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Wifi Camera Uploads without Computer 134

* * Beatles-Beatles writes to tell us NewsDay is reporting that Kodak has released the first "computer-free wireless camera." The new widget can connect directly to the Internet wherever there's Wi-Fi available to download and e-mail pictures. Users can even use the camera to view photos stored in Internet photo albums via Kodak's Easyshare Gallery service.
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Wifi Camera Uploads without Computer

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  • But I thought cell phones with cameras and a service area could already do this?
    • by Douglas Simmons ( 628988 ) on Sunday October 02, 2005 @06:23AM (#13697571) Homepage
      Nikon's D2X, the holy grail [nikonusa.com] of cameras, can upload wirelessly via ftp when in range. All I'm seeing in the article is that the camera forces you to use some service that they offer, something more annoying than straight up FTP. Nothing to see here. What am I missing?
      • by NickFortune ( 613926 ) on Sunday October 02, 2005 @06:37AM (#13697605) Homepage Journal
        What am I missing?

        Kodak thinks it has found a solution to plumetting revenue as everyone in the world suddenly goes digital. If everyone in the world pays five bucks a month rent^H^H^H^Hservice charge then even after T-Mbile takes a slice, Kodak are going to be happy unies once again. And of course you have these Kodak branded print kiosks as well.

        I can't see it working myself, both for the reasons you describe, and for the fact that after paying $600 for the damn thing, I;d be anoyed to have to pay $5 a month to keep it working.

        Especaially since the damn thing doesn't seem to have an option to talk to my computer direct. To say nothing of all the folks who already pay T-Mobile or similar for basically the same service for their phones...

        • That's because even beyond that, Kodak is well behind the eight ball.

          When digital loomed as a threat, they held a big strategy meeting, and they brainstormed, and came up with the conclusion "digital is a passing fad", sat on their hands and waited for the market to return to film. Their accounts are significantly worse now, for obvious reasons.

      • by neonstz ( 79215 ) * on Sunday October 02, 2005 @07:34AM (#13697716) Homepage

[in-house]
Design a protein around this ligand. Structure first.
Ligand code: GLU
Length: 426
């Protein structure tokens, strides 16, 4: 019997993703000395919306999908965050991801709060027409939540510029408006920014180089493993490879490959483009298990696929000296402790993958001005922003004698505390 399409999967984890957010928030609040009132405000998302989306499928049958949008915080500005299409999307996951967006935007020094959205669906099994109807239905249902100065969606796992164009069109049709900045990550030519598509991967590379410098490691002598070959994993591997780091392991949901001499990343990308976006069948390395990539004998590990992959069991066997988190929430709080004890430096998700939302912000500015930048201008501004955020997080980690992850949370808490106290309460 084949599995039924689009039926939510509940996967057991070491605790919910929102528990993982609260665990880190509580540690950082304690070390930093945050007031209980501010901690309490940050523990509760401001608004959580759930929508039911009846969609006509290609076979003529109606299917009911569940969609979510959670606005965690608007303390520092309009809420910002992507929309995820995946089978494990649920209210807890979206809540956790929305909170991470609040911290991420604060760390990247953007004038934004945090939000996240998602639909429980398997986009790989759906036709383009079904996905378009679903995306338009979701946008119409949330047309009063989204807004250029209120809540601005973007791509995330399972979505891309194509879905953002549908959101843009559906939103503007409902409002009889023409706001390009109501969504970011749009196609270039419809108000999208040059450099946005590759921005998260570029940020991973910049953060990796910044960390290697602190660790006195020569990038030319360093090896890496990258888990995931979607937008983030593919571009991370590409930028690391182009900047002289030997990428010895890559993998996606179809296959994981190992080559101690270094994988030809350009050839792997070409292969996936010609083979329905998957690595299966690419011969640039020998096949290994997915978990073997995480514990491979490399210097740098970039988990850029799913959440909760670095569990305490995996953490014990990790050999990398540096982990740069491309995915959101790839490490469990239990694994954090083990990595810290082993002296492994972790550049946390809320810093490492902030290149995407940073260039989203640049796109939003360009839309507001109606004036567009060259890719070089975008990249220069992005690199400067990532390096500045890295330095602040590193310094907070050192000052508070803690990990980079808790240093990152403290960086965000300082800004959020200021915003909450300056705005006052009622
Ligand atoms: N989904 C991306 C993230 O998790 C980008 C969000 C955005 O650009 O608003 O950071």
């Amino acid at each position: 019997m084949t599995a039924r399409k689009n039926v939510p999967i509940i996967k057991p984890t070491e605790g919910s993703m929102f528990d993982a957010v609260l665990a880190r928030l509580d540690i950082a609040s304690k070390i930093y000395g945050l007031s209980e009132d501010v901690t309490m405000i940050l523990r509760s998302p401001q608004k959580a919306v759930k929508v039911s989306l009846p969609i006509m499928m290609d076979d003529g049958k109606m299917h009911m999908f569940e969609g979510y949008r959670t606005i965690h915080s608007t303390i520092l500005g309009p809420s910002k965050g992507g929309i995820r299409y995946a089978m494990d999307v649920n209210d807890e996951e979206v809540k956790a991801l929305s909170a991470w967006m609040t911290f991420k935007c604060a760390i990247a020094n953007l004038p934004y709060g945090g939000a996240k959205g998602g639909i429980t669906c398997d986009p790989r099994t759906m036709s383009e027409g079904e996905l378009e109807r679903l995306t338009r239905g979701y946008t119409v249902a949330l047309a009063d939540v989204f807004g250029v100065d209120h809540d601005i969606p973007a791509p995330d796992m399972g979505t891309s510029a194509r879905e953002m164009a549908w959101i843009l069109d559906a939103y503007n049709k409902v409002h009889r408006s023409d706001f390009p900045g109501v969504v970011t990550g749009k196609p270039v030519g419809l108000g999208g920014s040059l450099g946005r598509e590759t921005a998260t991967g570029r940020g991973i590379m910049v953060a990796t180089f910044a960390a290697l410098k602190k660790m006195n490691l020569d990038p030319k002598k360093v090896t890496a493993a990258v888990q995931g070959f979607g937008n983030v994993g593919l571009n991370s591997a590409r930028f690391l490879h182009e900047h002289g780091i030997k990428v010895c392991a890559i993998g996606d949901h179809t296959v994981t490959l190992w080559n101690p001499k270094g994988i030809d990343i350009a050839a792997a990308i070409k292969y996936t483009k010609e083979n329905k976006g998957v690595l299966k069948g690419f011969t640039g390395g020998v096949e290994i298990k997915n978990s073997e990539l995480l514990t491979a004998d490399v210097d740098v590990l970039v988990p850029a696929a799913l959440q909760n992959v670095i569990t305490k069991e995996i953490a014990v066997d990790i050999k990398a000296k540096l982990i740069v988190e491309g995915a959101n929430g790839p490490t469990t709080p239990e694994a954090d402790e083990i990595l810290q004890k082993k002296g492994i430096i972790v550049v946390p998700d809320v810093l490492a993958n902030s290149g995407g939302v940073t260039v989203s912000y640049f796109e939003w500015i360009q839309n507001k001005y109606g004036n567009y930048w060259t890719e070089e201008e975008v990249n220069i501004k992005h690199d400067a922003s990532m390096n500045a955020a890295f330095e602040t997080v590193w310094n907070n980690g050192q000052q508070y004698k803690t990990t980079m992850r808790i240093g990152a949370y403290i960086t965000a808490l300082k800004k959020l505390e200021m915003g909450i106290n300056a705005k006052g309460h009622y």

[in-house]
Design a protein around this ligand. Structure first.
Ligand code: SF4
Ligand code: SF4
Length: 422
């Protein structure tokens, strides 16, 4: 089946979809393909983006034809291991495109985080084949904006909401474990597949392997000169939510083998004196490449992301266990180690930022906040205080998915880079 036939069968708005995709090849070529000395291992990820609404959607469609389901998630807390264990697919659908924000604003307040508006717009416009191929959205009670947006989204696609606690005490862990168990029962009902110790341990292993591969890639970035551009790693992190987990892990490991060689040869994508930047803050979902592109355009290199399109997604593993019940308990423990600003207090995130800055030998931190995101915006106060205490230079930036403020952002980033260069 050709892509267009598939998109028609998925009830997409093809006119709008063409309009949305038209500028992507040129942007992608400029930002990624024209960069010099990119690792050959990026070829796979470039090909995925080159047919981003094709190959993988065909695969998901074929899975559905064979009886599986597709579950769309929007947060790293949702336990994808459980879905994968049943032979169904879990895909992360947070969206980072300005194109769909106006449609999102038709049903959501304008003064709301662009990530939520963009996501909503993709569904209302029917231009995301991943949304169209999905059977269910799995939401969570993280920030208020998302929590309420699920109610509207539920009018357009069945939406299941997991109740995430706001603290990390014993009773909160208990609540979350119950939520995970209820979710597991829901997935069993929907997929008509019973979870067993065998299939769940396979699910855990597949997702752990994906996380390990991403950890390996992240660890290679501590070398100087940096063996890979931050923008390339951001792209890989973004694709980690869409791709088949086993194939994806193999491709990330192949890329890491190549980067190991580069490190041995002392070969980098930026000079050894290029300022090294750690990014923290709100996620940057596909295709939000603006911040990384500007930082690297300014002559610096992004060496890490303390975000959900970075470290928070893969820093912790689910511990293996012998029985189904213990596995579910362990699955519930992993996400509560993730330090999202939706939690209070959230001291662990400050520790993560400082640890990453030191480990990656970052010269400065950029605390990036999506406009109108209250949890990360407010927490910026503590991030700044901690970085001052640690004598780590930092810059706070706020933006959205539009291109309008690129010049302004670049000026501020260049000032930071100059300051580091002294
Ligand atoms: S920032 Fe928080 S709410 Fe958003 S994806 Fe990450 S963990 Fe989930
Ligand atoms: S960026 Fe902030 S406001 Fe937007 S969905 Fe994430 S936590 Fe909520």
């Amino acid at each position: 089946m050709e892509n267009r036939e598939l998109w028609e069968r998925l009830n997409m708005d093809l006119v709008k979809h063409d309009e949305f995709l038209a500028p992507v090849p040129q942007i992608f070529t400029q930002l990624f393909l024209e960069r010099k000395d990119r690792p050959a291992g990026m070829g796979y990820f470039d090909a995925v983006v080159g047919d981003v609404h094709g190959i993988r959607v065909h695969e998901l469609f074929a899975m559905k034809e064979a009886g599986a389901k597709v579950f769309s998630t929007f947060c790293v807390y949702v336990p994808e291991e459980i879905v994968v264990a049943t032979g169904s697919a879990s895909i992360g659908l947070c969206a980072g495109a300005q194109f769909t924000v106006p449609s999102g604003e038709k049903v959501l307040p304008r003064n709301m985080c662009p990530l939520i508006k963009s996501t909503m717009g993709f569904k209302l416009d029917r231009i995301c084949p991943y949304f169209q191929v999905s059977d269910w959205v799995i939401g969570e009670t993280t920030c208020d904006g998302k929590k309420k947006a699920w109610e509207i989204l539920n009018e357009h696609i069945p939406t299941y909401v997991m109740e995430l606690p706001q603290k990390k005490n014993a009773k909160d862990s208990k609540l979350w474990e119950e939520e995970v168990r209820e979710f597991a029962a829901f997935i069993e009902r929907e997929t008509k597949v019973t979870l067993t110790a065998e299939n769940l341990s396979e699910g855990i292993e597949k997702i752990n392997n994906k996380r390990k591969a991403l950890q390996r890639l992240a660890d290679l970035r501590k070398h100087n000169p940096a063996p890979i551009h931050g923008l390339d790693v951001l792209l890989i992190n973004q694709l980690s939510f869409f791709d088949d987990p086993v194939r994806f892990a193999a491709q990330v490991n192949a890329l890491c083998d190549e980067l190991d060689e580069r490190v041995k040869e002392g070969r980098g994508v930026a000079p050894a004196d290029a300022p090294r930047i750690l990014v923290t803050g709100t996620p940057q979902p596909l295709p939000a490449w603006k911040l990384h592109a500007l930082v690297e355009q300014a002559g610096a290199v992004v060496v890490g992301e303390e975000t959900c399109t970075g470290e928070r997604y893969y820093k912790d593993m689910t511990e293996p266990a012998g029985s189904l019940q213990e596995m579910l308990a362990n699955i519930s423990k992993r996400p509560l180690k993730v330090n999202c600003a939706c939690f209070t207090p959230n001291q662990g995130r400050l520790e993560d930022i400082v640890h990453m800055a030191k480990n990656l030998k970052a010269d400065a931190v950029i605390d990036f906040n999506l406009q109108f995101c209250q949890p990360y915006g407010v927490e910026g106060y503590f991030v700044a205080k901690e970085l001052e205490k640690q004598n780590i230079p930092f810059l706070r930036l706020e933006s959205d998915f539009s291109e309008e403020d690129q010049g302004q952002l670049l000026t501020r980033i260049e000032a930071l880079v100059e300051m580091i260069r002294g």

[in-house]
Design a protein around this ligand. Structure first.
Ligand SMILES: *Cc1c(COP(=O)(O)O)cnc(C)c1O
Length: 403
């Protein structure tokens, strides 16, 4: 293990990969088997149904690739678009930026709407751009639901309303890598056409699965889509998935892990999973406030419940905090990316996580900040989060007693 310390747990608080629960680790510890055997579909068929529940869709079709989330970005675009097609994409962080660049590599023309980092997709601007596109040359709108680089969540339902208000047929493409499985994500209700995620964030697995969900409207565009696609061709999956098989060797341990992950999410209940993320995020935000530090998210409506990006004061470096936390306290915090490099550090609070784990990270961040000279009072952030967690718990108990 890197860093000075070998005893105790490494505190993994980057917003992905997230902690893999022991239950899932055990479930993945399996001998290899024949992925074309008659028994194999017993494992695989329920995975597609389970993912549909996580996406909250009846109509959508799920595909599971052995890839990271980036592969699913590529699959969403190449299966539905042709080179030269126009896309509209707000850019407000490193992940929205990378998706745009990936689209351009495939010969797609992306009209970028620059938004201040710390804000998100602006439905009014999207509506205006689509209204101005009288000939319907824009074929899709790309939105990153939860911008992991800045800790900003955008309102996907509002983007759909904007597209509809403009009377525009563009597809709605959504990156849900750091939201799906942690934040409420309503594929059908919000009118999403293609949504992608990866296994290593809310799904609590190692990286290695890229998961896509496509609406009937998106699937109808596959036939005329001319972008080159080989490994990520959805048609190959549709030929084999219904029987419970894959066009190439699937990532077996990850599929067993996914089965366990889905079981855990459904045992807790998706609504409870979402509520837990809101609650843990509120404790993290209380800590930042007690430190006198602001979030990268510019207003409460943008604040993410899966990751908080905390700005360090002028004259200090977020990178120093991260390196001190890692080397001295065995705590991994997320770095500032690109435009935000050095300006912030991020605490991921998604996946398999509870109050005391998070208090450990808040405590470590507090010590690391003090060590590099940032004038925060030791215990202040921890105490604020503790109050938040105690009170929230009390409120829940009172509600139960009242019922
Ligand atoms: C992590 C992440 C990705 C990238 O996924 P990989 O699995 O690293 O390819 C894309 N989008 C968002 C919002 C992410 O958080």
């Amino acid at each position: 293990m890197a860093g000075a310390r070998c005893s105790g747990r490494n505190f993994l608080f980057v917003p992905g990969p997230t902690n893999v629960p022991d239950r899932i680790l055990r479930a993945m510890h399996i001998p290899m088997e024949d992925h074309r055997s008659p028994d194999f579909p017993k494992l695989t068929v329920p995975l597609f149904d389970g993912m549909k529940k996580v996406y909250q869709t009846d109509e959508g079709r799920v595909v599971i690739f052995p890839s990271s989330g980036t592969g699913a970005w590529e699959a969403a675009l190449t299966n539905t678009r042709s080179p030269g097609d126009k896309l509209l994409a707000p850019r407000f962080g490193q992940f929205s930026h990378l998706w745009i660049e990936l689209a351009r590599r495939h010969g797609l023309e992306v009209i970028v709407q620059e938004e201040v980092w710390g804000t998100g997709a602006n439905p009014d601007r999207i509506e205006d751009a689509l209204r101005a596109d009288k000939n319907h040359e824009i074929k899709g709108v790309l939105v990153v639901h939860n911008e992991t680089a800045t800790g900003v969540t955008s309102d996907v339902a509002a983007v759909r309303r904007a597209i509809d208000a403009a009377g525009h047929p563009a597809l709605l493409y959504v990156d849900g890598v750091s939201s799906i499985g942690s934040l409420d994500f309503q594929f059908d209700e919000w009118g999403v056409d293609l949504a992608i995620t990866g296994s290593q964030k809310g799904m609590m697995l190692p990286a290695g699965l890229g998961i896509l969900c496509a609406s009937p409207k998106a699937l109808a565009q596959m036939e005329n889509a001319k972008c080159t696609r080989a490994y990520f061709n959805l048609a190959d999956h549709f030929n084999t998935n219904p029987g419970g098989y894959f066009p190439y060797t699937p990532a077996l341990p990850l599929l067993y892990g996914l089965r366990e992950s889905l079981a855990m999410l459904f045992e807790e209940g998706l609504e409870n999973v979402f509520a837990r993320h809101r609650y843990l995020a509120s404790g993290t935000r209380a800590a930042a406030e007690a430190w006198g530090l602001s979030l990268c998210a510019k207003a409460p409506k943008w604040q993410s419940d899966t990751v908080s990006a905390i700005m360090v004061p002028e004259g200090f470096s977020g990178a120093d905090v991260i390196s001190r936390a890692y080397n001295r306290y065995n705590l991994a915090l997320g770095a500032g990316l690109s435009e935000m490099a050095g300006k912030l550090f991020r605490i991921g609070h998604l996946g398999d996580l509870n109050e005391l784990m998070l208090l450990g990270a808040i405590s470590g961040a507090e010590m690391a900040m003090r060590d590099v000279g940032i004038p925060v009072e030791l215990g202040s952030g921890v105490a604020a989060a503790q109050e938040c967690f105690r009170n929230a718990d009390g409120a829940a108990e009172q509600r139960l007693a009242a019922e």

Well, with $5000 for the camera and $500 for the wireless addon, I don't think the target audiences for the D2X and the kodak product don't overlap.

        The D2X is one heck of a camera, and if I ever get the money I'll replace my D70 with one...
      • You're not missing anything.

        Canon's EOS 1Ds Mark II [canon.jp] and 20D [canon.jp] cameras do Wireless + FTP Uploading too, given the appropriate wireless adaptor (WFT-E1, for both of them).

        Note for anyone fact checking: The Canon EOS 20D needs a firmware update [canon.jp] (free) to support the WFT-E1, but otherwise works fine on wireless.
        • Yeah, but why would you buy a Canon over a Nikon? It doesn't make any sense.
          • I know jack-all about the quality differences between these models, but assuming that the comments along the line are more or less accurate, it looks like there's a positive correlation between price and quality, just as you might expect:
            • Nikon: $5,000 (plus $500 for wireless)
            • Canon: $1,900 for EOS-1, $1,400 for EOS-20 (according to a couple of Froogle searches)
            • Kodak: $600 (plus $5/month)

            Obviously the original "first wireless computerless camera" claim is overblown, but Kodak may well have the firs

            • Uhm, if you're looking for a more expensive model of camera as a measure of quality as it seems, then you might want to look for the Canon EOS 1DS Mk-II, a 16.7 Mp digital SLR that goes for around $7500. How that compares to Nikon's top of the line camera body is (and always was and will be) really a matter of apples, oranges, patented features, preference and evangelism...
            • Might refine that search. A $1,900 EOS-1 is a film, not digital, camera. EOS-1 series DIGITAL cameras are the 1D, 1Ds, 1D MII, and 1Ds MII.
          • This is rather OT, but since you ask: wider variety of choices in both lenses and bodies. Canon has found the sweet spot for serious amateurs with the 20D and the new 5D. Nikon has nothing comparable to offer. If you already have a lot of money invested in Nikon glass, it doesn't make sense to switch. If not, Canon seems to be way ahead at the moment.
            • This is rather OT, but since you ask: wider variety of choices in both lenses and bodies.

              That's just not true. Nikons can use lenses going back the the 70s. Every pro photographer has at least a few Nikon lenses. They are widely available on the second-hand market. Given that Canon changed their lens mountwhen they went from MF to AF, how can you trust them not to do it again? On Slashdot, I thought backwards compatibility and trust would be important. Canon screwed their customers in a huge way. Nikon se

      • *flamebait*
        It'd be the holy grail if it were a 1ds MK II
    • Yes, but how would that make money for Kodak?
    • true, most of the hi-end cell phones are capable of doing this; but, we are talking about a digital camera here -- 4 megapixels, 3x optical zoom, etc. (if i am not mistaken) the highest resolution you can get from a built-in cell phone camera is 2.
  • by Anonymous Coward
    My cell phone already does that.